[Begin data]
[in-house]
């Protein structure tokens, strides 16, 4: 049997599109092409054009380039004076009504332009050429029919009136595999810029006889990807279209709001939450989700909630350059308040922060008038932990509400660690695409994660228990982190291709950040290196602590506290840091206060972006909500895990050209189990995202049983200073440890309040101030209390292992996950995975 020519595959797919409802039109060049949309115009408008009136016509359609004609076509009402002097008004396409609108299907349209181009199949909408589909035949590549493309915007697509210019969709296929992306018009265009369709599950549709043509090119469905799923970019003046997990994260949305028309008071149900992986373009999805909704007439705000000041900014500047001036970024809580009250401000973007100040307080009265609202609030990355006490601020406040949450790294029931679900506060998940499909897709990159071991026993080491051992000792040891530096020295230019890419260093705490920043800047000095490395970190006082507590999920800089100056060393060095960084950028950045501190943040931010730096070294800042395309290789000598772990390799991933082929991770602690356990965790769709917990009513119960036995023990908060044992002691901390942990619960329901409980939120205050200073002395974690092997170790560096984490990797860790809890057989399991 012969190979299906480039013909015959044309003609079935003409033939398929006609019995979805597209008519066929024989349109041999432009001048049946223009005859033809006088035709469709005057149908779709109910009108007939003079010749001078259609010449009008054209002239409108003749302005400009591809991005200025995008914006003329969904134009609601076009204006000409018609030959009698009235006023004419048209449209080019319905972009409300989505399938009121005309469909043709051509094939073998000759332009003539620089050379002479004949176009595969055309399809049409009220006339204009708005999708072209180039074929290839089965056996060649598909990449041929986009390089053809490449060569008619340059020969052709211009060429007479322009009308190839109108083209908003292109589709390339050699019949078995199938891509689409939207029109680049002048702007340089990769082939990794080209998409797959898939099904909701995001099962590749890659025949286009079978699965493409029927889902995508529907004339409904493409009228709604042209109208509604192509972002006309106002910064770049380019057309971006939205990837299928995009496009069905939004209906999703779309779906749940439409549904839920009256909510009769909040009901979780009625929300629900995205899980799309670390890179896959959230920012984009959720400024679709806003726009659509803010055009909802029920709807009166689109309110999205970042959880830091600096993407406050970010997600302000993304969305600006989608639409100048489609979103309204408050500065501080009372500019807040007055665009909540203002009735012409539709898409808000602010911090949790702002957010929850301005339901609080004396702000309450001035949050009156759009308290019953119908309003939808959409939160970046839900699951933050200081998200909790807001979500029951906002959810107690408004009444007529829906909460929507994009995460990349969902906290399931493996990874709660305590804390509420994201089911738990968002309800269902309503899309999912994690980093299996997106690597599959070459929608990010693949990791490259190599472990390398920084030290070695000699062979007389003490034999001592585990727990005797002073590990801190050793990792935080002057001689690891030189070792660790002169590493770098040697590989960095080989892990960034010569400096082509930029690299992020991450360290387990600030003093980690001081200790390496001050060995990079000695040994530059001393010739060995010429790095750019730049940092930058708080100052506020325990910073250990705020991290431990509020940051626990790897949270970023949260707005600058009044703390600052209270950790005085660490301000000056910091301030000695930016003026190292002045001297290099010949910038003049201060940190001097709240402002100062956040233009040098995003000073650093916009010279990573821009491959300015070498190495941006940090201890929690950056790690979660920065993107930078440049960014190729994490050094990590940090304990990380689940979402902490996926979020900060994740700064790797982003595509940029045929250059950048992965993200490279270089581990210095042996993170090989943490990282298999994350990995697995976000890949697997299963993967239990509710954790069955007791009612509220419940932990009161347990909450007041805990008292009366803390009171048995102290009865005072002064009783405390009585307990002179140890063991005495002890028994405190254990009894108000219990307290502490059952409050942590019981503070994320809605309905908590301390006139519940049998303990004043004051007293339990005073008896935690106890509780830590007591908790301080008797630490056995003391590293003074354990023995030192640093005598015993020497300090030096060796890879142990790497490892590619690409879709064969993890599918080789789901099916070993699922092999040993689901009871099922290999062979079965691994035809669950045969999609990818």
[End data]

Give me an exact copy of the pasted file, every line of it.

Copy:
[in-house]
């Protein structure tokens, strides 16, 4: 049997599109092409054009380039004076009504332009050429029919009136595999810029006889990807279209709001939450989700909630350059308040922060008038932990509400660690695409994660228990982190291709950040290196602590506290840091206060972006909500895990050209189990995202049983200073440890309040101030209390292992996950995975 020519595959797919409802039109060049949309115009408008009136016509359609004609076509009402002097008004396409609108299907349209181009199949909408589909035949590549493309915007697509210019969709296929992306018009265009369709599950549709043509090119469905799923970019003046997990994260949305028309008071149900992986373009999805909704007439705000000041900014500047001036970024809580009250401000973007100040307080009265609202609030990355006490601020406040949450790294029931679900506060998940499909897709990159071991026993080491051992000792040891530096020295230019890419260093705490920043800047000095490395970190006082507590999920800089100056060393060095960084950028950045501190943040931010730096070294800042395309290789000598772990390799991933082929991770602690356990965790769709917990009513119960036995023990908060044992002691901390942990619960329901409980939120205050200073002395974690092997170790560096984490990797860790809890057989399991 012969190979299906480039013909015959044309003609079935003409033939398929006609019995979805597209008519066929024989349109041999432009001048049946223009005859033809006088035709469709005057149908779709109910009108007939003079010749001078259609010449009008054209002239409108003749302005400009591809991005200025995008914006003329969904134009609601076009204006000409018609030959009698009235006023004419048209449209080019319905972009409300989505399938009121005309469909043709051509094939073998000759332009003539620089050379002479004949176009595969055309399809049409009220006339204009708005999708072209180039074929290839089965056996060649598909990449041929986009390089053809490449060569008619340059020969052709211009060429007479322009009308190839109108083209908003292109589709390339050699019949078995199938891509689409939207029109680049002048702007340089990769082939990794080209998409797959898939099904909701995001099962590749890659025949286009079978699965493409029927889902995508529907004339409904493409009228709604042209109208509604192509972002006309106002910064770049380019057309971006939205990837299928995009496009069905939004209906999703779309779906749940439409549904839920009256909510009769909040009901979780009625929300629900995205899980799309670390890179896959959230920012984009959720400024679709806003726009659509803010055009909802029920709807009166689109309110999205970042959880830091600096993407406050970010997600302000993304969305600006989608639409100048489609979103309204408050500065501080009372500019807040007055665009909540203002009735012409539709898409808000602010911090949790702002957010929850301005339901609080004396702000309450001035949050009156759009308290019953119908309003939808959409939160970046839900699951933050200081998200909790807001979500029951906002959810107690408004009444007529829906909460929507994009995460990349969902906290399931493996990874709660305590804390509420994201089911738990968002309800269902309503899309999912994690980093299996997106690597599959070459929608990010693949990791490259190599472990390398920084030290070695000699062979007389003490034999001592585990727990005797002073590990801190050793990792935080002057001689690891030189070792660790002169590493770098040697590989960095080989892990960034010569400096082509930029690299992020991450360290387990600030003093980690001081200790390496001050060995990079000695040994530059001393010739060995010429790095750019730049940092930058708080100052506020325990910073250990705020991290431990509020940051626990790897949270970023949260707005600058009044703390600052209270950790005085660490301000000056910091301030000695930016003026190292002045001297290099010949910038003049201060940190001097709240402002100062956040233009040098995003000073650093916009010279990573821009491959300015070498190495941006940090201890929690950056790690979660920065993107930078440049960014190729994490050094990590940090304990990380689940979402902490996926979020900060994740700064790797982003595509940029045929250059950048992965993200490279270089581990210095042996993170090989943490990282298999994350990995697995976000890949697997299963993967239990509710954790069955007791009612509220419940932990009161347990909450007041805990008292009366803390009171048995102290009865005072002064009783405390009585307990002179140890063991005495002890028994405190254990009894108000219990307290502490059952409050942590019981503070994320809605309905908590301390006139519940049998303990004043004051007293339990005073008896935690106890509780830590007591908790301080008797630490056995003391590293003074354990023995030192640093005598015993020497300090030096060796890879142990790497490892590619690409879709064969993890599918080789789901099916070993699922092999040993689901009871099922290999062979079965691994035809669950045969999609990818």